Protesting for change: students demand sustainable education
MAINTENANT Sustaining Now attend parliamentary reception to launch Teach the Future
It is an undeniable fact that young people have been leading the charge when it comes to protesting about climate change and demanding action to protect their futures. We have become accustomed to the sight of groups of students gathered for weekly strikes, including 30,000 people joining Greta Thunberg in Bristol, where she declared to the young activists that: “We are the change.”
But are the so-called “grown-ups” - the people in positions of power - actually listening and taking action? There were promising signs in Westminster last week, when MAINTENANT Sustaining Now joined the student-led Teach the Future campaign to talk to parliamentarians. The group has drafted a bill to urge the adoption of a Climate Emergency Education Plan to enable students to learn to live in a more sustainable manner and to have a real understanding of the climate catastrophe we are facing. Encouragingly, 53 MPs attended the event. Indeed, one MP speaker said she had never seen quite so many parliamentarians in the Terrace Pavilion at once.
Teach the Future has six main aims which, if successfully implemented, will overhaul the entire education system and place schools as the shining beacons of sustainability within the community. In summary, the Climate Emergency Education Act states it is:
«An act to ensure that climate emergency is incorporated into education at all levels and to provide funding so that school pupils, students, apprentices, teachers, lecturers and adult learners are prepared for their future and the responsibility of preserving a habitable planet for future generations and that education buildings achieve net zero emissions.»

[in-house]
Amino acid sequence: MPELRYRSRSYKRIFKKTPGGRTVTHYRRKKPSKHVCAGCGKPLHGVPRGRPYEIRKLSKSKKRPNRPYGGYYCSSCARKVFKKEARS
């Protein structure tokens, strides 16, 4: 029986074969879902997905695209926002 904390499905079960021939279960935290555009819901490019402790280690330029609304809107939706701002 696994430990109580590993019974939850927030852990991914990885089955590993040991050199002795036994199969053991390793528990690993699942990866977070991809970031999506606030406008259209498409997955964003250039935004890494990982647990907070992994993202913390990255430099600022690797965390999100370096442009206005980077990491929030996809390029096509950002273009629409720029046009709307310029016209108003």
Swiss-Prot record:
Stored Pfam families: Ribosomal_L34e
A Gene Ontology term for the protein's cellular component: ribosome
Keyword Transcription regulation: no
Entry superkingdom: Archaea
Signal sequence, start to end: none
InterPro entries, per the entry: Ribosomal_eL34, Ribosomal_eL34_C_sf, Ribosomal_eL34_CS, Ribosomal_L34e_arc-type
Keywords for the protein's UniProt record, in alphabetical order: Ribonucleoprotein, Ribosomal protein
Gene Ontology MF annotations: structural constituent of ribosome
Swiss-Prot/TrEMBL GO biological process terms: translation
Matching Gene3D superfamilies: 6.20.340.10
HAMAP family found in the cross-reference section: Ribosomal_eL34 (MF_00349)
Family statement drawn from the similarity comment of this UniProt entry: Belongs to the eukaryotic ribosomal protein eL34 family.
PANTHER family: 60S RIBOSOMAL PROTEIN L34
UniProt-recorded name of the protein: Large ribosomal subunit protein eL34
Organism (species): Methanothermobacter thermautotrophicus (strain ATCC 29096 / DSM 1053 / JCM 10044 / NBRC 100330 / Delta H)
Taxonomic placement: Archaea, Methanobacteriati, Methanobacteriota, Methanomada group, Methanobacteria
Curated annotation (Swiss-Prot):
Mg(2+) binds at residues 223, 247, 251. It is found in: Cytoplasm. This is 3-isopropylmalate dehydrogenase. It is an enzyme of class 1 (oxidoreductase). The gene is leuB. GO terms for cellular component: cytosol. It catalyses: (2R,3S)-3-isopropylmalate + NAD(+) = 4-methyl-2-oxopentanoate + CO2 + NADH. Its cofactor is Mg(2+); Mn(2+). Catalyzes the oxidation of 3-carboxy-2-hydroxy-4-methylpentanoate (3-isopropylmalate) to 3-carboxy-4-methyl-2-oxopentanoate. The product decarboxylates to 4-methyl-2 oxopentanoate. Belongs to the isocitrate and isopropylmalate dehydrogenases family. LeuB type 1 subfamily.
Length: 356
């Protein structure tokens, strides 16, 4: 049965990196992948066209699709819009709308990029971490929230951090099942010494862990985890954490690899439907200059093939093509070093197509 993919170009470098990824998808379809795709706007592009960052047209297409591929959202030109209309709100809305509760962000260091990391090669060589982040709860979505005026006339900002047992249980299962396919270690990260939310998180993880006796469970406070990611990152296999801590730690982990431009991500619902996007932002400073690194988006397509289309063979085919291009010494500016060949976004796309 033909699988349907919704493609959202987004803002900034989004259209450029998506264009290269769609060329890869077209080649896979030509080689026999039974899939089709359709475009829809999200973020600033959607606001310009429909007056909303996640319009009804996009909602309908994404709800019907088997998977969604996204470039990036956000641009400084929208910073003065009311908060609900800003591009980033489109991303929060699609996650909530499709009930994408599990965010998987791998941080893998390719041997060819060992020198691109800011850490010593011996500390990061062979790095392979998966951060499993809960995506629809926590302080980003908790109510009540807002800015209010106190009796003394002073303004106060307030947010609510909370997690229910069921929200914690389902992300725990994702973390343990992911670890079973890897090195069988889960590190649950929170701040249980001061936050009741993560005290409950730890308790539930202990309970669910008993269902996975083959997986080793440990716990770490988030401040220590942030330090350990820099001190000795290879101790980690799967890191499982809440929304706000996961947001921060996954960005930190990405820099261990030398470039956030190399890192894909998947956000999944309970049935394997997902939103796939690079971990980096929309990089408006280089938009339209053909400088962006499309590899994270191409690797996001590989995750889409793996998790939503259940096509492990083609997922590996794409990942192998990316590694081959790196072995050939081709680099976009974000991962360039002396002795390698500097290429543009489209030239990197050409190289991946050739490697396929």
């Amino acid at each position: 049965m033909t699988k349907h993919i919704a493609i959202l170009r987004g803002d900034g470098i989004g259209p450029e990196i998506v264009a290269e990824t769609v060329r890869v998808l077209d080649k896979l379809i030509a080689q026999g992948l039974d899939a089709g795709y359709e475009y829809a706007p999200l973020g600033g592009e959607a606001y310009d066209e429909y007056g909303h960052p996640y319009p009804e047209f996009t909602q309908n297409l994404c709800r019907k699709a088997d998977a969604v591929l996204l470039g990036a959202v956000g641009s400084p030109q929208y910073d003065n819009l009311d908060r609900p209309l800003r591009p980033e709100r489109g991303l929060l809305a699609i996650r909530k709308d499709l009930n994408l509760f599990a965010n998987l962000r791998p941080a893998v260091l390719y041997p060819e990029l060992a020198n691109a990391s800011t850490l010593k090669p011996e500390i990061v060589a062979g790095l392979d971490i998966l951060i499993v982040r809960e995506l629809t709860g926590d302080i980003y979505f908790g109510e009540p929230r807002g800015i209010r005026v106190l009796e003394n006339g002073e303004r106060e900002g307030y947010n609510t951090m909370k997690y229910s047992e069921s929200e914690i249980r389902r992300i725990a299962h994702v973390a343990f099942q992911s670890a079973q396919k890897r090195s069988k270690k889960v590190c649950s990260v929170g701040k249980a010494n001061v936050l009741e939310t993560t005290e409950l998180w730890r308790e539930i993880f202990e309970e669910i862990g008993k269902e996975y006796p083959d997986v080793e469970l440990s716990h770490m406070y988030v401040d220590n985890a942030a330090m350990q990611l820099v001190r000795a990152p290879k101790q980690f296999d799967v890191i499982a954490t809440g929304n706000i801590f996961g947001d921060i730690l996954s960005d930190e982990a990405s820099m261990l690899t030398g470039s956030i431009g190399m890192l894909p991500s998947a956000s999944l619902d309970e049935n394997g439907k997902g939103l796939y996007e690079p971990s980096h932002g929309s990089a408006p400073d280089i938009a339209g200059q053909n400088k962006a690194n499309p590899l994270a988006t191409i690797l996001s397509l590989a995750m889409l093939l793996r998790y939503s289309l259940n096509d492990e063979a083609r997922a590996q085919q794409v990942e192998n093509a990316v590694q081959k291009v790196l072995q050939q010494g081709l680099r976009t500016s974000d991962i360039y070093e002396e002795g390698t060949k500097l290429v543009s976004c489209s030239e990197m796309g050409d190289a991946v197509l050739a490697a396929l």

MAINTENANT Sustaining Now was happy to support the Teach the Future initiative as it echoes what we have long been saying: the current education system is not fit-for-purpose and needs a radical reinvention. While the Department for Education claims climate change is being taught as part of the National Curriculum, in truth it is included as part of science and geography, where it is often glossed over. Nobody is being taught, in detail, about what is happening today and what the implications are for the future. Furthermore, nothing is being said about how to get to net-zero carbon emissions. Instead, the areas that are being taught are outdated, boring and irrelevant – and the students and their teachers know it.
The students are calling for the climate crisis and its social implications to be taught across the curriculum and to be embedded in it. We need out with the old, in with the new. As a country and as a society, we can’t afford NOT to do this.
While some seasoned folk were slightly cynical that the DfE would listen this time having failed to take notice in the past, compounded by the fact they sent a very junior minister to the event, there were reasons to be optimistic. Secretary of State for Education Gavin Williamson has agreed to meet with the organisers to discuss their plans and ideas further. Generally, there seemed to be a buzz around it, a sense of students making demands that they wouldn’t allow to be ignored any longer.
To find out how you can reach your MP on this all-important topic, go to www.teachthefuture.uk/mp.
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